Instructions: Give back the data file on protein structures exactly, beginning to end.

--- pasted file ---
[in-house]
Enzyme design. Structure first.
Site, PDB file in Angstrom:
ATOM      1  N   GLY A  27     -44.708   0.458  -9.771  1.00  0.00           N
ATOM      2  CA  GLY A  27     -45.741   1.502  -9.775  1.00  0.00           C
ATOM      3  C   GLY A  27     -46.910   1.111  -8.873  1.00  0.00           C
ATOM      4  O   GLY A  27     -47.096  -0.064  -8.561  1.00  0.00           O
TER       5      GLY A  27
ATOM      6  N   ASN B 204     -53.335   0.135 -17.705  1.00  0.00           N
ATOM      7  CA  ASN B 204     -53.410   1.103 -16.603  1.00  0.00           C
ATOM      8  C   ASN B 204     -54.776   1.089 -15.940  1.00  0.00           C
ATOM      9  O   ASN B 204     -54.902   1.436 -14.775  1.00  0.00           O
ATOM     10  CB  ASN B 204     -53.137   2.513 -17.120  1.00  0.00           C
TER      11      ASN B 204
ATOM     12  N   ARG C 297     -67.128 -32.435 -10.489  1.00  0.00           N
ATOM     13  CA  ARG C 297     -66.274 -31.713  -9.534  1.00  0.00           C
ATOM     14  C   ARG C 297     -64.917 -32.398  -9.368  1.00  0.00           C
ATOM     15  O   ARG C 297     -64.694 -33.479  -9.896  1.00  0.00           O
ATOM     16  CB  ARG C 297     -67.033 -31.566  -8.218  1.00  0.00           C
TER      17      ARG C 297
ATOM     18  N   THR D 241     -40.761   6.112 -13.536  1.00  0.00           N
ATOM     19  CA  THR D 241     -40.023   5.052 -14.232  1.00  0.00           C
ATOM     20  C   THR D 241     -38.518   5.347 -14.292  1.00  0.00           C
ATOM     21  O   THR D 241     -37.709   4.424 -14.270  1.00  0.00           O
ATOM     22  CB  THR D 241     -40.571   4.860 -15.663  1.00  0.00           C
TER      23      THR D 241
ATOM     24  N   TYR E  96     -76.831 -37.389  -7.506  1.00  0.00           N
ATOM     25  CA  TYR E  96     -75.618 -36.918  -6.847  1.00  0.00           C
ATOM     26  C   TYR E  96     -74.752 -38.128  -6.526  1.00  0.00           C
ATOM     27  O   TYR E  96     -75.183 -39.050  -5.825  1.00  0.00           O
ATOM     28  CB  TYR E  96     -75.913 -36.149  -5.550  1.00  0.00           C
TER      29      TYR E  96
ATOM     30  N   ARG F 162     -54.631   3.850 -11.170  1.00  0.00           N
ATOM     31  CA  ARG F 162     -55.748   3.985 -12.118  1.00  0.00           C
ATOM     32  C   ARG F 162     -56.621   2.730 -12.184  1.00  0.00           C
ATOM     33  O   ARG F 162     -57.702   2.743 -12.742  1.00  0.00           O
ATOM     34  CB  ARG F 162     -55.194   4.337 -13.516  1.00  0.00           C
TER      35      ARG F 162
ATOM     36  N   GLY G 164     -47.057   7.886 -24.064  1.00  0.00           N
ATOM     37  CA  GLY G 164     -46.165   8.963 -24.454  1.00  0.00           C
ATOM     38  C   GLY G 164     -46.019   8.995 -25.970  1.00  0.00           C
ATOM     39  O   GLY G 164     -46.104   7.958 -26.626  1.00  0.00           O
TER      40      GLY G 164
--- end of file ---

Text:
[in-house]
Enzyme design. Structure first.
Site, PDB file in Angstrom:
ATOM      1  N   GLY A  27     -44.708   0.458  -9.771  1.00  0.00           N
ATOM      2  CA  GLY A  27     -45.741   1.502  -9.775  1.00  0.00           C
ATOM      3  C   GLY A  27     -46.910   1.111  -8.873  1.00  0.00           C
ATOM      4  O   GLY A  27     -47.096  -0.064  -8.561  1.00  0.00           O
TER       5      GLY A  27
ATOM      6  N   ASN B 204     -53.335   0.135 -17.705  1.00  0.00           N
ATOM      7  CA  ASN B 204     -53.410   1.103 -16.603  1.00  0.00           C
ATOM      8  C   ASN B 204     -54.776   1.089 -15.940  1.00  0.00           C
ATOM      9  O   ASN B 204     -54.902   1.436 -14.775  1.00  0.00           O
ATOM     10  CB  ASN B 204     -53.137   2.513 -17.120  1.00  0.00           C
TER      11      ASN B 204
ATOM     12  N   ARG C 297     -67.128 -32.435 -10.489  1.00  0.00           N
ATOM     13  CA  ARG C 297     -66.274 -31.713  -9.534  1.00  0.00           C
ATOM     14  C   ARG C 297     -64.917 -32.398  -9.368  1.00  0.00           C
ATOM     15  O   ARG C 297     -64.694 -33.479  -9.896  1.00  0.00           O
ATOM     16  CB  ARG C 297     -67.033 -31.566  -8.218  1.00  0.00           C
TER      17      ARG C 297
ATOM     18  N   THR D 241     -40.761   6.112 -13.536  1.00  0.00           N
ATOM     19  CA  THR D 241     -40.023   5.052 -14.232  1.00  0.00           C
ATOM     20  C   THR D 241     -38.518   5.347 -14.292  1.00  0.00           C
ATOM     21  O   THR D 241     -37.709   4.424 -14.270  1.00  0.00           O
ATOM     22  CB  THR D 241     -40.571   4.860 -15.663  1.00  0.00           C
TER      23      THR D 241
ATOM     24  N   TYR E  96     -76.831 -37.389  -7.506  1.00  0.00           N
ATOM     25  CA  TYR E  96     -75.618 -36.918  -6.847  1.00  0.00           C
ATOM     26  C   TYR E  96     -74.752 -38.128  -6.526  1.00  0.00           C
ATOM     27  O   TYR E  96     -75.183 -39.050  -5.825  1.00  0.00           O
ATOM     28  CB  TYR E  96     -75.913 -36.149  -5.550  1.00  0.00           C
TER      29      TYR E  96
ATOM     30  N   ARG F 162     -54.631   3.850 -11.170  1.00  0.00           N
ATOM     31  CA  ARG F 162     -55.748   3.985 -12.118  1.00  0.00           C
ATOM     32  C   ARG F 162     -56.621   2.730 -12.184  1.00  0.00           C
ATOM     33  O   ARG F 162     -57.702   2.743 -12.742  1.00  0.00           O
ATOM     34  CB  ARG F 162     -55.194   4.337 -13.516  1.00  0.00           C
TER      35      ARG F 162
ATOM     36  N   GLY G 164     -47.057   7.886 -24.064  1.00  0.00           N
ATOM     37  CA  GLY G 164     -46.165   8.963 -24.454  1.00  0.00           C
ATOM     38  C   GLY G 164     -46.019   8.995 -25.970  1.00  0.00           C
ATOM     39  O   GLY G 164     -46.104   7.958 -26.626  1.00  0.00           O
TER      40      GLY G 164